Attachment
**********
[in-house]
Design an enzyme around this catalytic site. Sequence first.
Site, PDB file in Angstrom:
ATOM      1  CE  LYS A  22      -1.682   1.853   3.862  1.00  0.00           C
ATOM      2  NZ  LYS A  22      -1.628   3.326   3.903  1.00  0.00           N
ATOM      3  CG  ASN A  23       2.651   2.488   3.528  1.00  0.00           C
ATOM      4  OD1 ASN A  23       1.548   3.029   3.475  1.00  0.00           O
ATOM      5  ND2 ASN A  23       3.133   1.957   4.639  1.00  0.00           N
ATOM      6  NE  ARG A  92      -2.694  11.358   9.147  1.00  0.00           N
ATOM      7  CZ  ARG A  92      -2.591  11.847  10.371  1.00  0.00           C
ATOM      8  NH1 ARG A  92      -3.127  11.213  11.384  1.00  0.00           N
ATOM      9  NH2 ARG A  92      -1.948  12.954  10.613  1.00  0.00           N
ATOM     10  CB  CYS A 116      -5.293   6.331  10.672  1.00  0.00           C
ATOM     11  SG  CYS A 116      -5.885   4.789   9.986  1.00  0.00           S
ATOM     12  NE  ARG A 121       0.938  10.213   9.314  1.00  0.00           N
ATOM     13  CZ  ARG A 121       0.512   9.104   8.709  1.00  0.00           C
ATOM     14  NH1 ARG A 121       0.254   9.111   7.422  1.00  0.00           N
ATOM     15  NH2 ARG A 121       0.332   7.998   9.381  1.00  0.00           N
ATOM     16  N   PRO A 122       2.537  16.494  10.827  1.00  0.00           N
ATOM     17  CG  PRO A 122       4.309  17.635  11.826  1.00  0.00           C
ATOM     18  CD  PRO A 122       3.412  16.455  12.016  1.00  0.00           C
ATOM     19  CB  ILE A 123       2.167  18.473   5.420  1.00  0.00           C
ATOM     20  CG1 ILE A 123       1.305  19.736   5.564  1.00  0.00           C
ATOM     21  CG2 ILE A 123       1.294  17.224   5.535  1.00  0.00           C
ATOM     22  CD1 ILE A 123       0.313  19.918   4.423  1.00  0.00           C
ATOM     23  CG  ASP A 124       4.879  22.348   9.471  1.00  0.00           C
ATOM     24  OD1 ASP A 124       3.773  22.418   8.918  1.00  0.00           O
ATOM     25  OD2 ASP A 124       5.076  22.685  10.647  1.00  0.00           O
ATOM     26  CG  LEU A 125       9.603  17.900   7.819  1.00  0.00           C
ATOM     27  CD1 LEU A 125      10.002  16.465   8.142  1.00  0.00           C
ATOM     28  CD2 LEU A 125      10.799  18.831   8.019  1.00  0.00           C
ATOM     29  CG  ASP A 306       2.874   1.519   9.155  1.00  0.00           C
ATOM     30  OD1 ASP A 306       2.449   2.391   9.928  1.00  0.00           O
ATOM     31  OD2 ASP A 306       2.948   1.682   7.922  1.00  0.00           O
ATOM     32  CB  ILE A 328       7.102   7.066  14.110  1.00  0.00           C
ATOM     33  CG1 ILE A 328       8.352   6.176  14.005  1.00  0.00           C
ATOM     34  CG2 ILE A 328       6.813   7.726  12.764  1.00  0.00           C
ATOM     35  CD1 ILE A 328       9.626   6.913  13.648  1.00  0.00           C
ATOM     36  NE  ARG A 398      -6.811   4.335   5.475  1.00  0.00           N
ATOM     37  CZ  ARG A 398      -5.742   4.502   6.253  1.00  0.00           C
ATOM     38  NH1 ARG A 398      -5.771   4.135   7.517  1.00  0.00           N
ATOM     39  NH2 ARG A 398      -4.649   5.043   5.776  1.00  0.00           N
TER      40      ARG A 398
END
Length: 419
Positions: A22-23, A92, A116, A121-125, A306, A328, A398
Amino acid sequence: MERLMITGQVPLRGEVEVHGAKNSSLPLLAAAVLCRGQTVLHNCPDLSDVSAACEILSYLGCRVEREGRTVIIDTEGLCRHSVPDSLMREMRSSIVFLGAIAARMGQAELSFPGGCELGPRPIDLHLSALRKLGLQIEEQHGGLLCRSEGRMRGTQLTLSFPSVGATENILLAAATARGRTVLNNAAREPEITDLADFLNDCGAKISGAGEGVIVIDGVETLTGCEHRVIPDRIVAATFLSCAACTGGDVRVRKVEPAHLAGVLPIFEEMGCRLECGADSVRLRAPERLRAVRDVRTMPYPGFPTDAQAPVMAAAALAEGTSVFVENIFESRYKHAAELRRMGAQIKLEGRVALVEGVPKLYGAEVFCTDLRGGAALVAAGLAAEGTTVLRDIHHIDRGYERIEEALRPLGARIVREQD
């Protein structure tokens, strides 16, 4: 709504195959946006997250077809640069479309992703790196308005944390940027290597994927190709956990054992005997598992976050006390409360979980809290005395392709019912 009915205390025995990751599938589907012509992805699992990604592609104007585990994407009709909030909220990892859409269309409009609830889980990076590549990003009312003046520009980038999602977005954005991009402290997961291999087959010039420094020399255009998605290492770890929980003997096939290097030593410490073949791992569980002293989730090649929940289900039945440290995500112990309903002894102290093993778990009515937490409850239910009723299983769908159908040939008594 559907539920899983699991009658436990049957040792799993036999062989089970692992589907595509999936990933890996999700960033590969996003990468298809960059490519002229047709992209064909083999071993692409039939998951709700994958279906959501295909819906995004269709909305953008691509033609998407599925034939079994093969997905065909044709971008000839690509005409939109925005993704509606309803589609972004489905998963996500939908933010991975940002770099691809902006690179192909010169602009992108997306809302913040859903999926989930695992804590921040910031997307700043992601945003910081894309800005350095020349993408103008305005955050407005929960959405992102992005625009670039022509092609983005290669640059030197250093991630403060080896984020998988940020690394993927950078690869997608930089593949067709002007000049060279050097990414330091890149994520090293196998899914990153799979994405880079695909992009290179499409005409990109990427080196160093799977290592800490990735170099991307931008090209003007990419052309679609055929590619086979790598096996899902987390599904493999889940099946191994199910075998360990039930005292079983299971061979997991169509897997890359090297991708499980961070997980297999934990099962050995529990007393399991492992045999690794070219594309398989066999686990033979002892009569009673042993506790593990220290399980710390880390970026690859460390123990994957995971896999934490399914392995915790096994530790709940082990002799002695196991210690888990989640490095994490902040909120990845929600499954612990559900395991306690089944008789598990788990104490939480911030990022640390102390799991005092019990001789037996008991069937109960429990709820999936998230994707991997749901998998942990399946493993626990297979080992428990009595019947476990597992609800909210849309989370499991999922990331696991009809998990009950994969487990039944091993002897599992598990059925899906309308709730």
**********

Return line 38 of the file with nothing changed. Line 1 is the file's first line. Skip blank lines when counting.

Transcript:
ATOM     35  CD1 ILE A 328       9.626   6.913  13.648  1.00  0.00           C